Of Comey's eventual successor, the press secretary says the president wants to make sure we have "the right person".

    The recruitment process is being headed by the Department of Justice, he adds, which is screening candidates and will share that list with the president.

  11. White House Correspondents' Association alarmed

    The White House Correspondents' Association is warning President Trump not to follow through on that hint that he could do away with press briefings.

    The media organisation’s president, Jeff Mason of Reuters, said: "That exercise, conducted in full view of our republic’s citizens, is clearly in line with the spirit of the First Amendment.

    "Doing away with briefings would reduce accountability, transparency, and the opportunity for Americans to see that, in the US system, no political figure is above being questioned."

  12. Trump dismayed

    Spicer says Trump is "dismayed" by attempts to "parse every little word" uttered during White House press briefings.  

    Earlier, Trump tweeted a veiled threat to cancel the daily press briefings.

    View more on twitter
  13. 'No loyalty pledge'

    "No," Spicer responds when asked about a report that the president asked Comey during their January dinner if he could count on his loyalty.

  14. Recording devices?

    Press secretary Sean Spicer is back up. 

    He is asked about this intriguing tweet from the president...

    View more on twitter

    The press secretary is asked if there are any recording devices in the Oval Office, and whether the president taped a private dinner conversation with former FBI Director James Comey.

    "The president has nothing further to add on that," Spicer says. Three times.    

    View more on twitter
    View more on twitter
  15. What exactly is 'America First'?

    The BBC's Tara McKelvey asks McMasters to define America First.

    "The president is prioritising the security and interests of the American people", the national securtiy adviser explains.

    "Every theme of this trip is consistent with this approach", he says.

    "This trip is going to be a tremendous way to solidify the gains already made."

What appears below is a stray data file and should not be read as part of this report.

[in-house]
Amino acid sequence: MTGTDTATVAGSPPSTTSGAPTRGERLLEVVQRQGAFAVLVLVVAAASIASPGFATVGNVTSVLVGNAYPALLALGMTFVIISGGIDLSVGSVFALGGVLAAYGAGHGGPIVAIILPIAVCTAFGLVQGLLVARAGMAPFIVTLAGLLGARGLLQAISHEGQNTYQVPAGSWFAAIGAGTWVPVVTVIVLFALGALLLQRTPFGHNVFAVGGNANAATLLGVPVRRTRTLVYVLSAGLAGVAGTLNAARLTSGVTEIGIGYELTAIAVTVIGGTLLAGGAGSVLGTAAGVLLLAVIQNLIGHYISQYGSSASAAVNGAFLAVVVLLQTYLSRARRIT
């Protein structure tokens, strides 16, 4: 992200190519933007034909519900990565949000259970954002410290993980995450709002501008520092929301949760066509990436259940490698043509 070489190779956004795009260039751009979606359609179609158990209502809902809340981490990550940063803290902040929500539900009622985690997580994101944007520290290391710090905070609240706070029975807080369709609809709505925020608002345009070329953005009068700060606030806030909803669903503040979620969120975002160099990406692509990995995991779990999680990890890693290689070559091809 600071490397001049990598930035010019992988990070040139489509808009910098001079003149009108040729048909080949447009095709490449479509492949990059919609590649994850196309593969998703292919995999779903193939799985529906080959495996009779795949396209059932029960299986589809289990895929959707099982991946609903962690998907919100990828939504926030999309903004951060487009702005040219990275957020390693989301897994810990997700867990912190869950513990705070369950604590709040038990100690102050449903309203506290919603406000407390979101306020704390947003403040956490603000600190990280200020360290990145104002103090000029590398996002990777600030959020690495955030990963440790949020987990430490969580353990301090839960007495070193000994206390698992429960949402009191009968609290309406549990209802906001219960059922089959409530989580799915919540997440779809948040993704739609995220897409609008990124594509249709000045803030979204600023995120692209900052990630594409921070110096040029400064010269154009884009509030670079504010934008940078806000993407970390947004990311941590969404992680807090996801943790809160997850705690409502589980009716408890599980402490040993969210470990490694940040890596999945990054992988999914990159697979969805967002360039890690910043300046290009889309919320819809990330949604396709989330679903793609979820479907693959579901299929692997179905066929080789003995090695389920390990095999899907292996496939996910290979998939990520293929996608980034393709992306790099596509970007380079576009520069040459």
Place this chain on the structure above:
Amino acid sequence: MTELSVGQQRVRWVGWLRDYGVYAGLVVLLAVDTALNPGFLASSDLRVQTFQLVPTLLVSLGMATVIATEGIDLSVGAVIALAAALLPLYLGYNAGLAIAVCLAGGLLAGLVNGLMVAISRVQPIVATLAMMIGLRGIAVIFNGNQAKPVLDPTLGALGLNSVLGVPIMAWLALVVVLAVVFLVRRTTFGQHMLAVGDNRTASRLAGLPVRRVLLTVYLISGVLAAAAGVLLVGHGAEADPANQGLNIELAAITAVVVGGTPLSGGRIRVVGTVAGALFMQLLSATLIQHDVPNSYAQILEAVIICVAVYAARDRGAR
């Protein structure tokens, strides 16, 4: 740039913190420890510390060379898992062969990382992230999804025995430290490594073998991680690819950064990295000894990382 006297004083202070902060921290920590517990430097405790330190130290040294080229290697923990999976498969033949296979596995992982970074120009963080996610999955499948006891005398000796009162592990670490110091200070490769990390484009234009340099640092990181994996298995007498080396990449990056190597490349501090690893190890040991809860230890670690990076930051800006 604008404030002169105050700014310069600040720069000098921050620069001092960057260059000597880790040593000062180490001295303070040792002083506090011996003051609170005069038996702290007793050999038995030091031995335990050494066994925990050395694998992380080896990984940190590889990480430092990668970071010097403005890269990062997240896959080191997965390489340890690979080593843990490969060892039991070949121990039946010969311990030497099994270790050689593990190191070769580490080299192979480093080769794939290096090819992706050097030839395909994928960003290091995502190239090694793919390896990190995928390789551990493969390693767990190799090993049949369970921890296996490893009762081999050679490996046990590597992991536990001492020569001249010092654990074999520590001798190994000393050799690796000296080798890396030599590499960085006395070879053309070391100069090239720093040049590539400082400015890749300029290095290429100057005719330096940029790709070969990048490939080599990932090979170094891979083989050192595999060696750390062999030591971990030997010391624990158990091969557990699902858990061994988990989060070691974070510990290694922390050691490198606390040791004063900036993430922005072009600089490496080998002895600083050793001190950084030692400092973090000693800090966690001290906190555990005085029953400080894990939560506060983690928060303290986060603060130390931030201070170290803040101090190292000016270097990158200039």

16. 'America First didn't mean America alone'

    McMasters

    McMaster says the US doesn't have to do and bankroll "everything", but adds that nor does it mean "American not leading".

    "America First didn't mean America Alone ever," the national security adviser says.  

    He adds Trump "will be welcome in all the places he is visiting on this trip" and that America's allies must do more to share the burden of defence.

  17. 'Trans-national terrorists'

    McMaster says President Trump has made no final decision on whether to send more troops to Afghanistan.

    He says the Afghan army is currently taking the brunt of the fight against "trans-national terrorists".

  18. McMaster will only talk about the trip

    The national security adviser refuses to take questions on the firing of Comey.

    His own predecessor, Michael Flynn, was fired after less than 30 days on the job.

  19. Trump's 'message of tolerance'

    "He will bring a message of tolerance and hope to billions" says the national security adviser about Trump's upcoming trip to Saudi Arabia, Israel and Rome.

    No president has before visited the holy lands of all three major faiths in the course of one trip, McMasters says. 

    The idea to visit the three regions was Trump's, he tells reporters. 

    McMaster says: "The impetus for this trip came from the president himself"… "he’s been receiving regular briefings"… his relations with foreign leaders "are off to a very strong start"… this trip "will broaden and deepen those relationships".